As it concerns the call for a “commitment to tackling anti-Semitism” within the ranks of the SSPX itself, perhaps Rabbi Goldschmidt doesn’t realize that Williamson published his comments in defiance of his Superior General, Bishop Bernard Fellay, who not only ordered him to cease publishing the newsletter altogether, but who has also publically denounced Williamson’s outlandish behavior a number of times in the past.
Either way, the process of determining whether or not the SSPX in its structures qualifies for full, visible communion with the Catholic Church is purely a matter of internal governance for the Holy See; it is not subject to negotiation with the CER via press release.
Lastly, when it comes to referring to the actual event of the crucifixion, the “ecumenically correct” agenda of late reflects a desire to strike all Jewish involvement in the crucifixion from the historical record altogether. Not only is this a surefire way to relinquish all claims to credibility; it’s also hypocritical when it comes from those who treat questioning the historical details of the holocaust as a crime (as it is in a number of European countries).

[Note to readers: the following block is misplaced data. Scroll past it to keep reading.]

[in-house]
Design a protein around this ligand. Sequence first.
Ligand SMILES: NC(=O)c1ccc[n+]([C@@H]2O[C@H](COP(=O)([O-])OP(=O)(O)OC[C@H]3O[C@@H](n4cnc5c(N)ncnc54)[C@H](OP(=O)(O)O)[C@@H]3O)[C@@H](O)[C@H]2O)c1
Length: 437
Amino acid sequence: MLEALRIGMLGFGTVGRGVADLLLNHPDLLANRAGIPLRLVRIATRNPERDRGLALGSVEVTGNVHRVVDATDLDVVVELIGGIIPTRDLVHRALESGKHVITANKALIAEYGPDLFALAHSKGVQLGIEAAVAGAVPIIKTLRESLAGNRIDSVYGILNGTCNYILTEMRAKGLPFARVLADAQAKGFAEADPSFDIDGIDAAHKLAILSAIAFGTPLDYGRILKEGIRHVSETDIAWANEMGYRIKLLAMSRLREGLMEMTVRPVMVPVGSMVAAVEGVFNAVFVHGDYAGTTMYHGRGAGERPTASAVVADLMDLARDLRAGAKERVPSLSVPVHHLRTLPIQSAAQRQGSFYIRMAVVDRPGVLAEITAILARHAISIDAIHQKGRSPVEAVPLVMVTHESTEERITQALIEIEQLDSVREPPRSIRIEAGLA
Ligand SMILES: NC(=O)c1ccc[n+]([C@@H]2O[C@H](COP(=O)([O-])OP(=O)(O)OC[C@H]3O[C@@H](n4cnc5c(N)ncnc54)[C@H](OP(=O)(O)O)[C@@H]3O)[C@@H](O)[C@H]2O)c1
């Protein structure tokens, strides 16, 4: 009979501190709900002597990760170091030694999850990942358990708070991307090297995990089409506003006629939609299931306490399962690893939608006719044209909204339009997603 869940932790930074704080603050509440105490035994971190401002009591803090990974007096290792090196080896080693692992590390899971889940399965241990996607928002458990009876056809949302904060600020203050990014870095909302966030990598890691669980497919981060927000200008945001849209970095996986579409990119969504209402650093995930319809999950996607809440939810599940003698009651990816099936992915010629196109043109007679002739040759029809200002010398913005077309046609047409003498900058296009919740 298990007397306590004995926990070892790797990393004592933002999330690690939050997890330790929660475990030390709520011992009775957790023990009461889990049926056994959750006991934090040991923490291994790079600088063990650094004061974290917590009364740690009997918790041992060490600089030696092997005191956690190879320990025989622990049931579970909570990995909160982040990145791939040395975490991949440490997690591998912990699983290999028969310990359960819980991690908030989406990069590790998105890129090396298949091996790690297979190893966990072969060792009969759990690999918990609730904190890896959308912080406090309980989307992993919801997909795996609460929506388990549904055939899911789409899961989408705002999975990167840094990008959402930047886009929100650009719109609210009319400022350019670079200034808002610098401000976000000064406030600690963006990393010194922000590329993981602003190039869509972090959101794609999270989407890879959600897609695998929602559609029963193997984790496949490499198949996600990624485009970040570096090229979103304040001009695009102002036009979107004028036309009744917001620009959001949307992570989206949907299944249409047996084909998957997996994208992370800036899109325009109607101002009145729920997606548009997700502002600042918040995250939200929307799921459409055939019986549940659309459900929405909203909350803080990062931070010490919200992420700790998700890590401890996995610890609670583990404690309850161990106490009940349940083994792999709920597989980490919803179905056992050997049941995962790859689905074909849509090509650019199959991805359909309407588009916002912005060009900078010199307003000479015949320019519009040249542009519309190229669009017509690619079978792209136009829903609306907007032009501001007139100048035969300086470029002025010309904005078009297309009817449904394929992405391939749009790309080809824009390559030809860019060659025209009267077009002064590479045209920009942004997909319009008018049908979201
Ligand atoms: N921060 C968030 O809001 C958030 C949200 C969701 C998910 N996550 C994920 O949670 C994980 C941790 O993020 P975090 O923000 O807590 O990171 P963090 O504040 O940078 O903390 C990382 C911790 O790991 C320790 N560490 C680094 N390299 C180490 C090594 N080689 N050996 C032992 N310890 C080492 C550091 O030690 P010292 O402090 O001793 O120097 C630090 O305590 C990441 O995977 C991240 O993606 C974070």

For the record, I wholeheartedly agree that we must never forget the tragic details of the Shoah, but let’s be consistent — either we encourage the human family to face its history with eyes opened wide or we do not.
In the present case, very few first century events are as well documented as the death by crucifixion of one Jesus of Nazareth, and while it is a fact that Jerusalem at that time was under Roman rule and the Jewish people lacked the autonomy necessary to carry out the execution on their own, Jesus’ “crime” was not an offense against the state but rather a religious offense as determined by the Jewish leaders of the day, and it was they who in turn stirred up a multitude of the Jewish people to join them in calling for Jesus’ death.
This accounting of the events that culminated in the crucifixion is neither Jewish nor Catholic, much less is it theology. It is history plain and simple, and it serves no one to behave as though anti-Semitism necessarily flourishes at its mere mention; rather, we must recognize that the seed of all hatred is sin, one that grows in the soil of ignorance of that God who is the fullness of truth.
Catholic teaching is very clear in assigning responsibility for the crucifixion, stating, “All sinners were the authors of Christ’s Passion” (cf CCC 598), and that means every last one of us — Jew and Gentile alike.
I’m married (and for inquiring Catholic minds, validly so) to a wonderful Jewish woman, twenty-three years and counting. I recognize how important it is for Catholics and Jews to join forces in combatting anti-Semitism, but I also know that apart from wielding the weapon of truth — yes, even when it’s inconvenient and difficult to face — we stand precious little chance of prevailing.